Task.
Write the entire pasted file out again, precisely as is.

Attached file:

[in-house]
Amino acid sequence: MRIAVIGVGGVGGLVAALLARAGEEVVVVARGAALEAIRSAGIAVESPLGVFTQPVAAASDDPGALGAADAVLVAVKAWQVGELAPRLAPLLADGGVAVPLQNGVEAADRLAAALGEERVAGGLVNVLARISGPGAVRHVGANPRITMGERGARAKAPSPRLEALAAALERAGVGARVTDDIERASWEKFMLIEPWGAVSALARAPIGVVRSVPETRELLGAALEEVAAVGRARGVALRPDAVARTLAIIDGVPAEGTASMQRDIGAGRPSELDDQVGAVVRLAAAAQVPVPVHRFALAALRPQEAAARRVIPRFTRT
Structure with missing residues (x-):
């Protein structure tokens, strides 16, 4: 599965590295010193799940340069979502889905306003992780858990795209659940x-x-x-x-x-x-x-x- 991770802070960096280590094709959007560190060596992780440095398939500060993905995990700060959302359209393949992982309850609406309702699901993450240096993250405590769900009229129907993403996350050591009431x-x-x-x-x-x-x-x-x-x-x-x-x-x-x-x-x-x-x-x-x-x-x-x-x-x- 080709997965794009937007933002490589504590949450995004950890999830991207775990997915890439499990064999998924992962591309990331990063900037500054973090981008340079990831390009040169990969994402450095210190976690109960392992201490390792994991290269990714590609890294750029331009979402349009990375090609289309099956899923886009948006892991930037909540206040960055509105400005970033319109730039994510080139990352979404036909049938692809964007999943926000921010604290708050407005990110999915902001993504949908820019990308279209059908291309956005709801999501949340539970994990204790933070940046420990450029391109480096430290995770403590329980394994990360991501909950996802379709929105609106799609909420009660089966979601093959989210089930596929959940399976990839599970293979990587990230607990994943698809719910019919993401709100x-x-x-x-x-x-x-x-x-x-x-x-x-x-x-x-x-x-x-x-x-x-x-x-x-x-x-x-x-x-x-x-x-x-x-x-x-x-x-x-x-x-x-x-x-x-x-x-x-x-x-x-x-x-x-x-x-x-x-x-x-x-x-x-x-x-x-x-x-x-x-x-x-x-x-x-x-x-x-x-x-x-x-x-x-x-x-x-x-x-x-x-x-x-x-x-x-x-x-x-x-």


[in-house]
Amino acid sequence: MRIAVIGVGGVGGLVAALLARAGEEVVVVARGAALEAIRSAGIAVESPLGVFTQPVAAASDDPGALGAADAVLVAVKAWQVGELAPRLAPLLADGGVAVPLQNGVEAADRLAAALGEERVAGGLVNVLARISGPGAVRHVGANPRITMGERGARAKAPSPRLEALAAALERAGVGARVTDDIERASWEKFMLIEPWGAVSALARAPIGVVRSVPETRELLGAALEEVAAVGRARGVALRPDAVARTLAIIDGVPAEGTASMQRDIGAGRPSELDDQVGAVVRLAAAAQVPVPVHRFALAALRPQEAAARRVIPRFTRT
Structure with missing residues (x-):
């Protein structure tokens, strides 16, 4: 599965590295010193799940340069979502889905306003992780858990795209659940x-x-x-x-x-x-x-x- 991770802070960096280590094709959007560190060596992780440095398939500060993905995990700060959302359209393949992982309850609406309702699901993450240096993250405590769900009229129907993403996350050591009431x-x-x-x-x-x-x-x-x-x-x-x-x-x-x-x-x-x-x-x-x-x-x-x-x-x- 080709997965794009937007933002490589504590949450995004950890999830991207775990997915890439499990064999998924992962591309990331990063900037500054973090981008340079990831390009040169990969994402450095210190976690109960392992201490390792994991290269990714590609890294750029331009979402349009990375090609289309099956899923886009948006892991930037909540206040960055509105400005970033319109730039994510080139990352979404036909049938692809964007999943926000921010604290708050407005990110999915902001993504949908820019990308279209059908291309956005709801999501949340539970994990204790933070940046420990450029391109480096430290995770403590329980394994990360991501909950996802379709929105609106799609909420009660089966979601093959989210089930596929959940399976990839599970293979990587990230607990994943698809719910019919993401709100x-x-x-x-x-x-x-x-x-x-x-x-x-x-x-x-x-x-x-x-x-x-x-x-x-x-x-x-x-x-x-x-x-x-x-x-x-x-x-x-x-x-x-x-x-x-x-x-x-x-x-x-x-x-x-x-x-x-x-x-x-x-x-x-x-x-x-x-x-x-x-x-x-x-x-x-x-x-x-x-x-x-x-x-x-x-x-x-x-x-x-x-x-x-x-x-x-x-x-x-x-």